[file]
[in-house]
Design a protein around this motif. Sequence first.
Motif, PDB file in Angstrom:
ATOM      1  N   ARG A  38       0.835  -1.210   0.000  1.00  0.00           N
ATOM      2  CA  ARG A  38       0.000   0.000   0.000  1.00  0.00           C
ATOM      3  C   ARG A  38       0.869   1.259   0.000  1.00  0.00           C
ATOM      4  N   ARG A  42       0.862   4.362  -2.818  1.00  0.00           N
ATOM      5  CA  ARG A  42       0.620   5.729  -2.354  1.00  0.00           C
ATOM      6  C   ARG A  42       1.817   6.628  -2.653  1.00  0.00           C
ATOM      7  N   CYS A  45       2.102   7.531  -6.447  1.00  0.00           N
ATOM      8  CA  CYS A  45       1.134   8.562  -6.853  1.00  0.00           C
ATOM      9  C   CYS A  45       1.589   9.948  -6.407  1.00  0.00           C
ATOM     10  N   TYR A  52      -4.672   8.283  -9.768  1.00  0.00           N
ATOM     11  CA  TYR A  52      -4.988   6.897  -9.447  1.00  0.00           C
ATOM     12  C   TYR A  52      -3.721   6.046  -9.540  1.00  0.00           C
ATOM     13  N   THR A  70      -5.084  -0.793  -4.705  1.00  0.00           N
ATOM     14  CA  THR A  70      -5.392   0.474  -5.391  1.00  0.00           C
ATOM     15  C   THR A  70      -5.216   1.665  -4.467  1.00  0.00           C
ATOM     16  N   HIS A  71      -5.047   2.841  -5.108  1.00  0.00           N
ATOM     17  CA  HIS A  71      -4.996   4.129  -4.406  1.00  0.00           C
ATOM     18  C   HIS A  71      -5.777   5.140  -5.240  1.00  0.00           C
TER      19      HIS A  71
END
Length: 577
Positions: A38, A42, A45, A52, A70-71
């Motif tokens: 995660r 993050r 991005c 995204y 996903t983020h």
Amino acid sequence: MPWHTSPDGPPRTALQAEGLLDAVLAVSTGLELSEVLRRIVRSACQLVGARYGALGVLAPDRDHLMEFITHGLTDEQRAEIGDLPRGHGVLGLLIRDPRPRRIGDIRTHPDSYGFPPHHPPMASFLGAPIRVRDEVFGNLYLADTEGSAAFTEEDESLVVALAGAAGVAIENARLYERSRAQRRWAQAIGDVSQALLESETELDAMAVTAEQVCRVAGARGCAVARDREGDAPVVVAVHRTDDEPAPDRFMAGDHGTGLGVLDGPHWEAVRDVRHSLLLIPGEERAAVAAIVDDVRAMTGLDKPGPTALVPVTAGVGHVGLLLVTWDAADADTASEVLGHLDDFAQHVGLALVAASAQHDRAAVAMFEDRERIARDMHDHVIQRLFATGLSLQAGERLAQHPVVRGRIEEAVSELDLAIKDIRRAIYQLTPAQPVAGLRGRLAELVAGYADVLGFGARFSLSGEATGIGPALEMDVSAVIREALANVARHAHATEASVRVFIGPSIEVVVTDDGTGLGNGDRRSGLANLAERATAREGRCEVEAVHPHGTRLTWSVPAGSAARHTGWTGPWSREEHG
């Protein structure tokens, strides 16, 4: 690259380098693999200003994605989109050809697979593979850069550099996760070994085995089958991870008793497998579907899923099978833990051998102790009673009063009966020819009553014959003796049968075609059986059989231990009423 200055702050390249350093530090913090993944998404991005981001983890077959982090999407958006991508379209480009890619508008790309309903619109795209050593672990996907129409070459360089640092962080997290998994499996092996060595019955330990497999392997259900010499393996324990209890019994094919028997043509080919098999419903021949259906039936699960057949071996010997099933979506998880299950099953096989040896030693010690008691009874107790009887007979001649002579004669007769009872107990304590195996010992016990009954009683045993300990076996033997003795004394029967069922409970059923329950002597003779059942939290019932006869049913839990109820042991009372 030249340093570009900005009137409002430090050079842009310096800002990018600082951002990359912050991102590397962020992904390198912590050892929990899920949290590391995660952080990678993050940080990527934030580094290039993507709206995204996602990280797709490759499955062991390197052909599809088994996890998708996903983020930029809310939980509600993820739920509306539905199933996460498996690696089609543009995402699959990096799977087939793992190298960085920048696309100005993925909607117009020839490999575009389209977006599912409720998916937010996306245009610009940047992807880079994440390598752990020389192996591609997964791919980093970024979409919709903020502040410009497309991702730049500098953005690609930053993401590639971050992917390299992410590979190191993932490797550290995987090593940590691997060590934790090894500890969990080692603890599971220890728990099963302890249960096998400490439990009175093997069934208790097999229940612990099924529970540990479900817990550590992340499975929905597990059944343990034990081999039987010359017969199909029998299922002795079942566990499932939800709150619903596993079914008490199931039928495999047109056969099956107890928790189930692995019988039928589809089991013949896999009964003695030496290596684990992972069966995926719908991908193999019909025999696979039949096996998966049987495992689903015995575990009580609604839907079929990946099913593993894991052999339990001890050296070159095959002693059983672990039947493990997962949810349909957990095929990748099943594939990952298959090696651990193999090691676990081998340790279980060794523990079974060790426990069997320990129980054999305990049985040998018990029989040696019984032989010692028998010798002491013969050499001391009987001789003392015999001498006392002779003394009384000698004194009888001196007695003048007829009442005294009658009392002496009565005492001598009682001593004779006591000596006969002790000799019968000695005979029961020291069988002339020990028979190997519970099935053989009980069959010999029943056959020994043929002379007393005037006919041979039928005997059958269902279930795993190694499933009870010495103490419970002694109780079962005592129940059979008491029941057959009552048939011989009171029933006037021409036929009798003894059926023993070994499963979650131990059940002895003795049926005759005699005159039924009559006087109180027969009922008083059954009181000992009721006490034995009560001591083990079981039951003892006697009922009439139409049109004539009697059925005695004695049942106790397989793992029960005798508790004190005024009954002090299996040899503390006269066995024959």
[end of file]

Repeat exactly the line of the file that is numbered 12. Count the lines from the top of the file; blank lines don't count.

ATOM      9  C   CYS A  45       1.589   9.948  -6.407  1.00  0.00           C